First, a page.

The Emancipation of Europe's Muslims: The State's Role in Minority Integration

By Jonathan Laurence | Go to book overview

CHAPTER TWO
European Outsourcing and Embassy Islam
L’ISLAM, C’EST MOI

THE FIRST MONTH OF 2010 brought several reminders of the Muslim world’s residual paternalism toward the Islamic diaspora in Europe. The Tunisian presidency organized a conference on “Youth and the Future: Contemporary Challenges,” and invited an Italian Muslim leader to participate with a delegation of young Italian Muslims. The Algerian government signaled that it would replace the rector of the Grand Mosque of Paris, the oldest and most prominent Islamic institution in metropolitan France. A columnist in the Saudi Gazette reminded the Saudi leadership of the Muslim world’s responsibility to protect and promote their minorities abroad. He cited the “Swiss ban on minarets, French aversion to burqa, Danish blasphemy, and the American call for assimilation” to rile his readers out of their inaction. He asked: “What have we done to help those affected minorities?” The answer is: quite a lot, actually Embassy Islam—in other words, the international advocacy, summitry, and intervention on behalf of the Islamic minority in Europe—has been under way for three decades, and shows no signs of abating, although it is adapting the content of its offerings as the European Muslim population nears the point of being majority native-born.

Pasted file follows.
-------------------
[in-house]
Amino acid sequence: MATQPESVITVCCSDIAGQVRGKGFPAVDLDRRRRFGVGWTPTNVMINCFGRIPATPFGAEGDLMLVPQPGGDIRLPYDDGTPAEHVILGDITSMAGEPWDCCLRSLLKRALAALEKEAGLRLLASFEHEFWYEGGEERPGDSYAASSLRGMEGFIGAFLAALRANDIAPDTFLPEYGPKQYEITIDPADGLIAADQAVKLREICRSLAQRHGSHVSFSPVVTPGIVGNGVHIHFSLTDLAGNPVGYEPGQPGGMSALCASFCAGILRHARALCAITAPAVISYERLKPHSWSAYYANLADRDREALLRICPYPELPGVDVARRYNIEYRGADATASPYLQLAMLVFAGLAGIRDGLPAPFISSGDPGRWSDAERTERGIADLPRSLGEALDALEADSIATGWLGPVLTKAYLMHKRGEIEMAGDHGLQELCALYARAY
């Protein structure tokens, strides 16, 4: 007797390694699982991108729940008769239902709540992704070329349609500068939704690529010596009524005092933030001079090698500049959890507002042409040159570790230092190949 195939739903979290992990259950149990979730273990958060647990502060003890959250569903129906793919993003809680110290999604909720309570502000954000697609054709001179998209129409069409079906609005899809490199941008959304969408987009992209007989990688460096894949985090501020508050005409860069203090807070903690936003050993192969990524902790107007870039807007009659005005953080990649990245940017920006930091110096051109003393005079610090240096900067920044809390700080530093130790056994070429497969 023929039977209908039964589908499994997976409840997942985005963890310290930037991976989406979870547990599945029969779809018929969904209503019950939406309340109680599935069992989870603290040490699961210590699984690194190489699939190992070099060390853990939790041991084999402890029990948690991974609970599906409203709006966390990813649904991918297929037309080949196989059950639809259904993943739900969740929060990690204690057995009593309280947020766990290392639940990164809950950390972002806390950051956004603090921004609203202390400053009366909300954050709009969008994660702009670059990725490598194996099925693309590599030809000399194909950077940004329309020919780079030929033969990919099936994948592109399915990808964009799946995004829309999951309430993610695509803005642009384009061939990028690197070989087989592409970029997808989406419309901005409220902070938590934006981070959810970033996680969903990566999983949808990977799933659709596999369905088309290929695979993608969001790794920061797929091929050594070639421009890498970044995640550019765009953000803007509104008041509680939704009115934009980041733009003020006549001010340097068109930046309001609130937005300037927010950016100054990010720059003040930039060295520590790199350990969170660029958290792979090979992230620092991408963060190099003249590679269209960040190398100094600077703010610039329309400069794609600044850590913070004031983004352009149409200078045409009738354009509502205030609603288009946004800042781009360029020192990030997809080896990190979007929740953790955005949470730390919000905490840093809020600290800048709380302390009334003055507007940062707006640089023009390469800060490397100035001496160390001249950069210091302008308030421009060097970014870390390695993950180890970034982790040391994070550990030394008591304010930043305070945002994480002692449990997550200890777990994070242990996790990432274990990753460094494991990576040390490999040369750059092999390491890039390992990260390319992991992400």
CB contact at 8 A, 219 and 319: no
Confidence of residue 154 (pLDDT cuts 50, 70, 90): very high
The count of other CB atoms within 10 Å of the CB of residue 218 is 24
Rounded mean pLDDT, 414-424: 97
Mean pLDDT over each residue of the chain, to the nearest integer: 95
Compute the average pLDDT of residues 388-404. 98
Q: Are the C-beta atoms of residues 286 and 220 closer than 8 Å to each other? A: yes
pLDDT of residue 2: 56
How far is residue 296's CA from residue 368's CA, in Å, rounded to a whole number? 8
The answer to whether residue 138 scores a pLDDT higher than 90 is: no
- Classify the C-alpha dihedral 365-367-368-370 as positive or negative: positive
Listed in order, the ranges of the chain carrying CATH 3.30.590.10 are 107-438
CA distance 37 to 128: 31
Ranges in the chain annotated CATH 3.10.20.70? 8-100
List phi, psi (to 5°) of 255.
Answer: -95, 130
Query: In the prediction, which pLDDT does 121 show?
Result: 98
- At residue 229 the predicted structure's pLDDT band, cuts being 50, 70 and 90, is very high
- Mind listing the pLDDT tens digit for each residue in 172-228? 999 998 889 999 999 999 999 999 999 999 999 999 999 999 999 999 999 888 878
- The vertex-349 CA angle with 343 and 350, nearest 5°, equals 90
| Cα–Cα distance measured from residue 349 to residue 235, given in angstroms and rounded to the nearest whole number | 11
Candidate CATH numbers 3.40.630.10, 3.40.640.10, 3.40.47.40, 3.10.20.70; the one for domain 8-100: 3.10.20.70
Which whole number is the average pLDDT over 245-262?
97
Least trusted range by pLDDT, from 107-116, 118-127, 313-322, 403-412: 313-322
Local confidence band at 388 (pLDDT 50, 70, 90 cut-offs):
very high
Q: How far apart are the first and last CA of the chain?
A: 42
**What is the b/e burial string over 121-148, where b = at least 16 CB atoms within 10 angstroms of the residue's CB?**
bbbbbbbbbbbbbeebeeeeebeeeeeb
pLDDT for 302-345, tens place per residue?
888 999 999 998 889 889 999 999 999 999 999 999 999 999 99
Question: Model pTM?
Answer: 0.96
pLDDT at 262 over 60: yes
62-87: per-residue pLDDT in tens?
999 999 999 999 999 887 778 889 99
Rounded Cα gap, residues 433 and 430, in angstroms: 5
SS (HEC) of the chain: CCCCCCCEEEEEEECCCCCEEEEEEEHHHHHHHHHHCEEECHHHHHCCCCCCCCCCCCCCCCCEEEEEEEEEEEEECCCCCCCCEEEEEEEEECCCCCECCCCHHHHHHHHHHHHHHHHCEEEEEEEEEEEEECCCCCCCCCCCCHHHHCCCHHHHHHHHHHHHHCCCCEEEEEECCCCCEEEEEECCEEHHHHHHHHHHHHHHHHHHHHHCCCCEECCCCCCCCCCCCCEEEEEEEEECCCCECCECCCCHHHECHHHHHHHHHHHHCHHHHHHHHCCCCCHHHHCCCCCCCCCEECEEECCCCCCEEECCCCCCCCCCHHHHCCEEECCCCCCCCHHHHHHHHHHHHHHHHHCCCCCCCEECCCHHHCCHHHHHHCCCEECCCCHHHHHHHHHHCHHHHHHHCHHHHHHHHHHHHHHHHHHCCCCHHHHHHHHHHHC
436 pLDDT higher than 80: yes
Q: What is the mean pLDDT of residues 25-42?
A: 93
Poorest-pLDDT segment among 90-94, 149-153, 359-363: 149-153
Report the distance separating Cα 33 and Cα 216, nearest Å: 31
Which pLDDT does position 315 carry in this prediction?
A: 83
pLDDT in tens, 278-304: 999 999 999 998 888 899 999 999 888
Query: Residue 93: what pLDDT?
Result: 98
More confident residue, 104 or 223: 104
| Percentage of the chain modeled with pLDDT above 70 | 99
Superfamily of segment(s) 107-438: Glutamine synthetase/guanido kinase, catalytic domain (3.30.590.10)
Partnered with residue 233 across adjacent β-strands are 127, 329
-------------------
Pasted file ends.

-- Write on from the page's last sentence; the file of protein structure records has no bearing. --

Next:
The religious infrastructure of Muslim communities in Western Europe was, in a sense, decided in advance—not by the communities themselves, but by those who had the power to set the conditions: sending and receiving states. The homeland governments of the majorityMuslim sending states have exercised a strong hand in Islam in Europe since shortly after the first guestworkers first emigrated. European governments were content to “outsource” the day-to-day management of Islamic religious observance, a practice that dovetailed with the interests of the countries of origin. The policies of the host and sending states were entirely convergent for the first decades of Muslim settlement. The Europeans embraced return-oriented integration policies that meshed well with the religious and cultural outreach of three principal labor-exporting states—Algeria, Morocco, and Turkey—as well as

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The Emancipation of Europe's Muslims: The State's Role in Minority Integration
Table of contents

Table of contents

  • Princeton Studies in Muslim Politics ii
  • Title Page iii
  • Contents vii
  • Illustrations ix
  • Tables xi
  • Abbreviations xiii
  • Preface xvii
  • Chapter One - A Leap in the Dark 1
  • Chapter Two - European Outsourcing and Embassy Islam 30
  • Chapter Three - A Politicized Minority 70
  • Chapter Four - Citizens, Groups, and the State 105
  • Chapter Five - The Domestication of State-Mosque Relations 133
  • Chapter Six - Imperfect Institutionalization 163
  • Chapter Seven - The Partial Emancipation 198
  • Chapter Eight - Muslim Integration and European Islam in the Next Generation 245
  • Notes 273
  • Interviews 309
  • Bibliography 317
  • Index 355
  • Princeton Studies in Muslim Politics 367
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